Director: Richard Oswald
Based loosely on the opera by Jaques Offenbach, we present the amorous adventures of ETA Hoffman's eponymous hero, possibly the unluckiest lover in the history of mankind... Persecuted at every turn by nefarious nemeses in his romances with a living marionette, a deceitful actress and a girl who dances herself to death...
1790: The young Hoffman lives in the care of his aunt and uncle. They receive a visit from the Conte Dapertutto, who Hoffman dislikes intensely. When the insubordinate young Hoffman is later banished to his room, he sneaks out through the window. Soon he encounters the alchemist Coppelius and his associate Spalanzani, who attempt to steal his eyes for their own experiments: Hoffman gets away.
He is soon taken in by the dancer Angela, and her husband Rath Crespel. The Crespels call in Dr Mirakel to aid Hoffman, but Mirakel is more interested in Angela. Hoffman protects Angela from Mirakel's advances, but Mirakel later returns and hypnotically forces Angela to dance for him. Angela's mysterious illness means that the exertion is too much, and she dies on the spot.
Berlin, 1808: after being spurned by an actress named Stella, Hoffman moves to another town, where he again comes across Coppelius and Spalanzani. Hoffman is invited to a celebration to meet Spalanzani's 'daughter' Olympia, in reality a life-size automaton. Coppelius dupes Hoffman into wearing a pair of magic eyeglasses that make inanimate objects come to life. Hoffman falls in love with Olympia, but when the deception is revealed, tears the automaton to pieces.
|Dance of Death: Dr Mirakel (AV Horn)|
disposes of Antonia Crespel
Later, Hoffman is reunited with Antonia, the daughter of Angela and Rath Crespel, though Dr Mirakel is still around and asks Crespel for Antonia's hand in marriage. Crespel refuses. Mirakel jealously tricks Hoffman into making Antonia dance, knowing she shares the affliction that killed her mother. When she collapses from exhaustion, Mirakel is again on hand to pronounce her dead.
It's hard to know what to make of this early version of Hoffman's tales after the best part of a century. The storyline differs from both the opera on which it is ostensibly based and the original tales written by ETA Hoffman in the early 1800's. Those three tales, The Sandman, The Cremona Violin and The Lost Reflection, are simplified here; characters and incidents are sometimes omitted, sometimes merged. Coupled with the possibility of lost footage, this often makes the film difficult to follow for anyone not familiar with the source material.
Interestingly, the tales' fantasy elements are downplayed, a surprising approach for a director who seemed rarely to shy away from outlandish material. The Lost Reflection in particular has been shorn completely of its supernatural elements (Dapertutto's scheme to steal Hoffman's reflection) to become a fairly mundane story of love and betrayal. Likewise, the wicked Dr Mirakel's Svengali-like influence over the Crespel women is never fully explored. It's only in the episode featuring Hoffman's delusional love for the mechanical Olympia that we get a real taste of the author's (capital-R) Romanticism, as presented so expertly in Powell and Pressburger's 1951 version.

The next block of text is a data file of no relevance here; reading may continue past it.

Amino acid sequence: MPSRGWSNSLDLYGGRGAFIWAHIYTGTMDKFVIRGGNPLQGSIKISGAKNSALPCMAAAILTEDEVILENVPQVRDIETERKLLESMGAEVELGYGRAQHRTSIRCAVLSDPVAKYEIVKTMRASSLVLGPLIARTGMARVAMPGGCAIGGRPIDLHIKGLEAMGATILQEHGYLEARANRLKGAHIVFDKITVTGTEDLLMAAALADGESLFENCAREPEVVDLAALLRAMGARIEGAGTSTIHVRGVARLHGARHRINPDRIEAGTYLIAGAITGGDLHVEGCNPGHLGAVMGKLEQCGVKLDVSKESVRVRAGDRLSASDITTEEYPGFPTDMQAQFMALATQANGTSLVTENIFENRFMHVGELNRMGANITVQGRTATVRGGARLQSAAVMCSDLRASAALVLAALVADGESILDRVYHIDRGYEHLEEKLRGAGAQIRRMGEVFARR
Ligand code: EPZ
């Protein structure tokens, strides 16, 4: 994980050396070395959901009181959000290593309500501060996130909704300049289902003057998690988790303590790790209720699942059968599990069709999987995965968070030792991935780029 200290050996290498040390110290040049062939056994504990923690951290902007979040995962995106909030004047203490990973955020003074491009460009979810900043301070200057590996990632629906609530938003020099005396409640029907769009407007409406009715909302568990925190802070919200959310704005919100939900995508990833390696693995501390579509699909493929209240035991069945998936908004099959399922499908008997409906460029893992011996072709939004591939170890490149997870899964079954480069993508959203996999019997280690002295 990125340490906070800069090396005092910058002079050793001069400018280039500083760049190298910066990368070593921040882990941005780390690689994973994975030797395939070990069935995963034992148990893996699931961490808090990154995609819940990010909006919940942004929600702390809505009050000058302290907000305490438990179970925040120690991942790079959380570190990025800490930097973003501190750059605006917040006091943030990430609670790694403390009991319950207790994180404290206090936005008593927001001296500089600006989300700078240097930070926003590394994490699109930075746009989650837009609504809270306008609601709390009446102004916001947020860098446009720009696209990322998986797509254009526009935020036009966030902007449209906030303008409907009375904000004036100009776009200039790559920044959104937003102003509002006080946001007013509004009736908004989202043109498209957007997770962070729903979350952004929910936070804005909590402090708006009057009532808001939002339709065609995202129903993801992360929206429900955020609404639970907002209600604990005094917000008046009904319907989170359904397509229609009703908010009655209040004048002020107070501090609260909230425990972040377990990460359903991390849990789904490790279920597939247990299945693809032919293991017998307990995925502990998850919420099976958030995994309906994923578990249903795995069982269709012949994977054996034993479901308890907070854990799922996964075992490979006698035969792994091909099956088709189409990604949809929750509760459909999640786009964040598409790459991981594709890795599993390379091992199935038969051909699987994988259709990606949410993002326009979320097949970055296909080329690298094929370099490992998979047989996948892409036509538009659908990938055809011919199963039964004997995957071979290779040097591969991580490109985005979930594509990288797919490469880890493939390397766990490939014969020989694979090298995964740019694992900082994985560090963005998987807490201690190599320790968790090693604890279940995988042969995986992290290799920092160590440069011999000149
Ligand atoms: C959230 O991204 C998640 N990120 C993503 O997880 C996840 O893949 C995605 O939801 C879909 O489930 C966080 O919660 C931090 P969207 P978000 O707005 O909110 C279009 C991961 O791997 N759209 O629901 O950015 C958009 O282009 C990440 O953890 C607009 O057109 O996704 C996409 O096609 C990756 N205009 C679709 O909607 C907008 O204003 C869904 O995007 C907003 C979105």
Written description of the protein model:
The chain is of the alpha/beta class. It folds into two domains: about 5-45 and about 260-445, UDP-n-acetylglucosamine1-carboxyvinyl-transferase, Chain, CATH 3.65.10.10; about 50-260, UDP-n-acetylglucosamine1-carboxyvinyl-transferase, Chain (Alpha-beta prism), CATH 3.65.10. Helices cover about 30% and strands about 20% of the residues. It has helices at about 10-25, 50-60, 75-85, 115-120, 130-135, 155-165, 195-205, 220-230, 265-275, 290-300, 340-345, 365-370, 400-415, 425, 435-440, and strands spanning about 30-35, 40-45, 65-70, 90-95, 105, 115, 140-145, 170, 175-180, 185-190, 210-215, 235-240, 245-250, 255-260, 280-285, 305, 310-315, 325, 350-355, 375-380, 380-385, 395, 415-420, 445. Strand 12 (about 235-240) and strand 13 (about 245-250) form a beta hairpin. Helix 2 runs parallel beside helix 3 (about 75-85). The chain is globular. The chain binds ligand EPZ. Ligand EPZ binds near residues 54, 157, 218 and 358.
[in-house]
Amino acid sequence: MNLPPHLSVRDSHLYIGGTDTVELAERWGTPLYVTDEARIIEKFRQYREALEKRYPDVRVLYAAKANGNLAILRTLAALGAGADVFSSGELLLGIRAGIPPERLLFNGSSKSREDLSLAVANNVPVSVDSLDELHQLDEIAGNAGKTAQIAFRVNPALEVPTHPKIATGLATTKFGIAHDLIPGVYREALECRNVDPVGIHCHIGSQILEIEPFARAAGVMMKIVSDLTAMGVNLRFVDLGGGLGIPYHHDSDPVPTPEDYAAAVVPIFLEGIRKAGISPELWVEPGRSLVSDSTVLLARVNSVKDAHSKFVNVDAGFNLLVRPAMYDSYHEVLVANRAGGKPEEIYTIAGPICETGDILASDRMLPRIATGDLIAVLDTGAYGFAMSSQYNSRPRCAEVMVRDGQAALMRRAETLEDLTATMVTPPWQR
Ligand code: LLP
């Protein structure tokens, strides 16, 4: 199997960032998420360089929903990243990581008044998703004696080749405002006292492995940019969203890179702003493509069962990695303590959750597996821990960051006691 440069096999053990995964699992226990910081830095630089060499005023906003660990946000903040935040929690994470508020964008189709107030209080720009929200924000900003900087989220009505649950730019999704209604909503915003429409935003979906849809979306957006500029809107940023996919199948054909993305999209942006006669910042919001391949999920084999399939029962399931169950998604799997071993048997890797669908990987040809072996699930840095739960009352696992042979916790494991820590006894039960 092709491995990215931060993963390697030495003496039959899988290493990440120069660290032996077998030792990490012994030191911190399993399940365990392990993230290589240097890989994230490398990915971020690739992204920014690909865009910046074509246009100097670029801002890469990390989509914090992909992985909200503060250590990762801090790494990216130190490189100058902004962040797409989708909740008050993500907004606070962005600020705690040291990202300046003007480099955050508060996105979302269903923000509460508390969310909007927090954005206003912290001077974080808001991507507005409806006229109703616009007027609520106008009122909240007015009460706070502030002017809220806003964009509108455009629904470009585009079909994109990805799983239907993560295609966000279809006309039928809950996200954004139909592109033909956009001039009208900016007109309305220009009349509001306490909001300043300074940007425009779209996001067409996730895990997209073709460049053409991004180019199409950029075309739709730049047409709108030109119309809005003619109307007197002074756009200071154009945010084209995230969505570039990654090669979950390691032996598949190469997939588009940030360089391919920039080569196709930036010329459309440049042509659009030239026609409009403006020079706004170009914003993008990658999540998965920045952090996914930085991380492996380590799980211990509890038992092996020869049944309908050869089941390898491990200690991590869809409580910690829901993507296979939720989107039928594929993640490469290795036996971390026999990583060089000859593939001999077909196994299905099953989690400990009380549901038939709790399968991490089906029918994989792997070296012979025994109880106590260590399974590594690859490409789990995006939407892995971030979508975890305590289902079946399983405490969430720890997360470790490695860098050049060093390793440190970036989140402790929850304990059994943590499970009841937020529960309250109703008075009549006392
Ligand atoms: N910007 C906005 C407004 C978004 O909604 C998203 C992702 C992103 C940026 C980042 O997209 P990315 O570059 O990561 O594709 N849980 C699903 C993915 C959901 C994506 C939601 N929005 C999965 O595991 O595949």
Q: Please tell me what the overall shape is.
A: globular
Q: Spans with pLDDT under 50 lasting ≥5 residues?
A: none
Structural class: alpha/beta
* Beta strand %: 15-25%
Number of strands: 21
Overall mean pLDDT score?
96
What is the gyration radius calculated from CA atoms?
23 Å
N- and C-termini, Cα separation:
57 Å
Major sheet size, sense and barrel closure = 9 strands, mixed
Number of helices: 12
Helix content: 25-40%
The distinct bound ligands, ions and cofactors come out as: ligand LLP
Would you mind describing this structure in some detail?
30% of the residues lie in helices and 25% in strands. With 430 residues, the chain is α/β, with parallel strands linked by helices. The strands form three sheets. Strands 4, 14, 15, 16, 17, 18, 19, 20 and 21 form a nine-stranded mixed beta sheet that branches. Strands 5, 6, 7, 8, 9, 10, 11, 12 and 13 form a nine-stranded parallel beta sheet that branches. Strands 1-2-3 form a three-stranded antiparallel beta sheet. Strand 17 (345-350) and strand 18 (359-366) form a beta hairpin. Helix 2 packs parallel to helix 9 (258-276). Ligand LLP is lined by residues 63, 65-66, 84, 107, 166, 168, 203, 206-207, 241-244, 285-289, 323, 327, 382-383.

Exteriors for the present film were, according to the prologue, shot in Jena in eastern Germany. The rather grim and desolate-looking streets and courtyards on screen underline the film's prosaic tone, but ultimately work in its favour. That sense of decay, of a harsh and vaguely hostile environment, adds a texture that studio sets wouldn't have captured. This was the same approach taken by Stellan Rye with The Student of Prague in 1913; though in the end it seems as though director Oswald is aiming for one of those odd hybrids of biography and fiction that we'd see in films like Charles Brabin's The Raven.
Appropriately, the cast of Hoffman features an ensemble gathered from Berlin's finest theatres, including the spectacularly-named Erich Kaiser-Titz in the lead role, and a gruff Werner Krauss, three years before he donned the top hat, cape and gloves of Dr Caligari. Hoffman's persecutors - a reptilian AV Horn as Dr Mirakel and Freidrich Kuhne as Severus-Snape-alike Coppelius - get the meatiest parts: the female leads, as one might expect of a time before the Star System got a foothold, are pretty but interchangeable. In the end it's the director's film, although missing footage and a frustrating lack of information make it hard to see from this distance exactly what Oswald was hoping to achieve.
Erich Kaiser-Titz (ETA Hoffman), Kurt Wolowsky (Young Hoffman), Werner Krauss (Conte Dapertutto), Max Ruhbeck (The Uncle), Paula Ronay (The Aunt), Friedrich Kuenhe (Coppelius), Lupu Pick (Spalanzani), Ernst Ludwig (Rath Crespel), Relly Ridon (Angela Crespel), AV Horn (Dr Mirakel), Ruth Oswald (Little Antonia), Ferdinand Bonn (Lindorf), Kaete Oswald (Stella), Alice Scheel-Heschy (Olympia), Thea Sandten (Giulietta).
Scenario: Richard Oswald and Fritz Freidmann-Frederich, based on stories by ETA Hoffman and the opera by Jaques Offenbach, Cinematography: Ernst Krohn, Art Director: Manfred Noa, Art objects and interior design: Freidmann and Weber.
Running Time 71mins.
Not available commercially, though prints may be found . . . if one has magic eyeglasses.